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The first thing to keep in mind when cooking and eating mountain oysters is that beef testicles taste nothing like beef. To say testicles “taste like chicken,” doesn’t do them justice either even though fried beef testicles are chewy like a good chicken nugget and have a slight undertone of chicken liver. The most difficult part of preparing rocky mountain oysters is procuring them. Check with a reputable butcher, or buy online. However, buying online may be pricey; expect to pay about $12/lb. Also, depending on where you live, you might consider putting an ad on Craigslist. I’ve had great success finding fresh offal from hobby farmers and amateur butchers I found on Craigslist, and many will give you the offal “garbage” for free.
 
Herb-Marinated Rocky Mountain Oysters
serves 4 people as a main dish or 8 people as an appetizer
 
2 lbs. beef testicles
1 cup white wine vinegar
½ cup olive oil
¼ cup Italian parsley, minced
¼ cup fresh tarragon, minced
¼ cup fresh thyme, minced
4 large cloves of garlic, minced
1 small onion, sliced
1 teaspoon salt
fresh ground pepper to taste
1 egg, beaten
flour for dredging
vegetable oil
 
To prepare testicles:
Most likely when you get bull testicles they will still be attached to the scrotum. It is best to work with the testicles while they are still frozen, as the meat is very delicate and likely to tear if thawed. To remove the testicles from the scrotum, slit the tough, membrane from top to bottom lengthwise with a sharp knife. Take care not to cut too deeply, or you will slice into the testicle. Then, working your thumbs underneath the skin, pull the membrane completely away from the testicle. Cut the peeled testicles crosswise, into slices about ¼ inch thick.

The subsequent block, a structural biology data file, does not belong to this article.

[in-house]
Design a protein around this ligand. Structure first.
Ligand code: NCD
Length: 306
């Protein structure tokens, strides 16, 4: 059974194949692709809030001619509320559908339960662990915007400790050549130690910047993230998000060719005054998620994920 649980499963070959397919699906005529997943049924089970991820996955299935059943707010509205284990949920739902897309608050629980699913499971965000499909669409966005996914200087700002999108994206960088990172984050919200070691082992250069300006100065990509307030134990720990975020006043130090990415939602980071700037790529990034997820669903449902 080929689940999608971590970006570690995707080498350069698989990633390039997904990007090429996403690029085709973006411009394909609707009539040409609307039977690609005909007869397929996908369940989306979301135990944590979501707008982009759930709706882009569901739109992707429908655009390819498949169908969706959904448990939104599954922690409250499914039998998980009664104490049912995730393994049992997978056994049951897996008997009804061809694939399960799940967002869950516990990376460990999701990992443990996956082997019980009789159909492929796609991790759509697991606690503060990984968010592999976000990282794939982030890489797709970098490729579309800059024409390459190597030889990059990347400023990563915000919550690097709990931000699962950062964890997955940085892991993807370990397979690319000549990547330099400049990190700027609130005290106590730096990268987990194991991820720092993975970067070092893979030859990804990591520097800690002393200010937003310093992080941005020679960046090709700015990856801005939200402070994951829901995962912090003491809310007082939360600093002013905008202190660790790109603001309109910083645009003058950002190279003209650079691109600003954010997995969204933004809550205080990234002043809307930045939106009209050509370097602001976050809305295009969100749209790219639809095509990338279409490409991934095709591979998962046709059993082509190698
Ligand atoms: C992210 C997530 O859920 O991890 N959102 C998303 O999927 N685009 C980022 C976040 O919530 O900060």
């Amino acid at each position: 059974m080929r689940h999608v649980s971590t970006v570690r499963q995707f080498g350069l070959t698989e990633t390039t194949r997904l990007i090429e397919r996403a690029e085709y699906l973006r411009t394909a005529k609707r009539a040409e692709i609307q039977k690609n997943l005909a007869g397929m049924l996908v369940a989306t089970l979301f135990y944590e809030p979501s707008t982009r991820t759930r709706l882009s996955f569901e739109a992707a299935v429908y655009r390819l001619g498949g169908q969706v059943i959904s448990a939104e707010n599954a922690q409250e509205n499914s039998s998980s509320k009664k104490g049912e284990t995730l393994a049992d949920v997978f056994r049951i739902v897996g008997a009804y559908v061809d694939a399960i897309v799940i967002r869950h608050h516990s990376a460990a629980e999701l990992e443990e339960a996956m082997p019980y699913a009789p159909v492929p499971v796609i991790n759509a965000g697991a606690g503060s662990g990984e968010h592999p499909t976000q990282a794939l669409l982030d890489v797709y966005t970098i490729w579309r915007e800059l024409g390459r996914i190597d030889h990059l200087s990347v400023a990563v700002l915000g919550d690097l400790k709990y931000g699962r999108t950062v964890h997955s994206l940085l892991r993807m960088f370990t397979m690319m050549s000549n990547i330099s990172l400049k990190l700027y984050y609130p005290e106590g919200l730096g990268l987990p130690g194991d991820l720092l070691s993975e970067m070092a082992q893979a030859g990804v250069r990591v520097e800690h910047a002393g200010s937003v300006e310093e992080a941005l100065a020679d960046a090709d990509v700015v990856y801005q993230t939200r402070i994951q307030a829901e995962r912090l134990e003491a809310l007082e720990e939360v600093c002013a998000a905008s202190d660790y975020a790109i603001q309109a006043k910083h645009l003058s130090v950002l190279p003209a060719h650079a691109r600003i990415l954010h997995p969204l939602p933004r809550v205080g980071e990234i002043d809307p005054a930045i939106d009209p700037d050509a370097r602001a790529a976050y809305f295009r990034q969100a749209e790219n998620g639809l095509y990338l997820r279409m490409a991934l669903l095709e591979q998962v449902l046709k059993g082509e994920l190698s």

To prepare the marinade:
Combine vinegar, olive oil, herbs, garlic, onion, salt and pepper in a shallow dish. Add sliced testicles, and let marinate, refrigerated, for 8 to 16 hours.
 
To fry:
Add vegetable oil to a skillet until it is about 1 inch deep. Heat over high heat. 
Remove testicles from marinade. (It’s okay if bits of minced herb cling to the testicles.) Dip in beaten egg. And dredge in flour. Fry for about 5 minutes, or until breading is a deep golden color, turning once.
Drain on paper towels.
Serve hot with Dijon mustard and mayonnaise. 
 

Sarah-Lenz.jpg Sarah Lenz holds a BFA in Creative Writing from the University of Nebraska-Omaha, and a MA in Literature from Boise State University.  She teaches English at the University of Findlay in Ohio.  When not cooking offal, she spends her time blogging at Prose and Potatoes (www.proseandpotatoes.blogspot.com) and raising backyard chickens.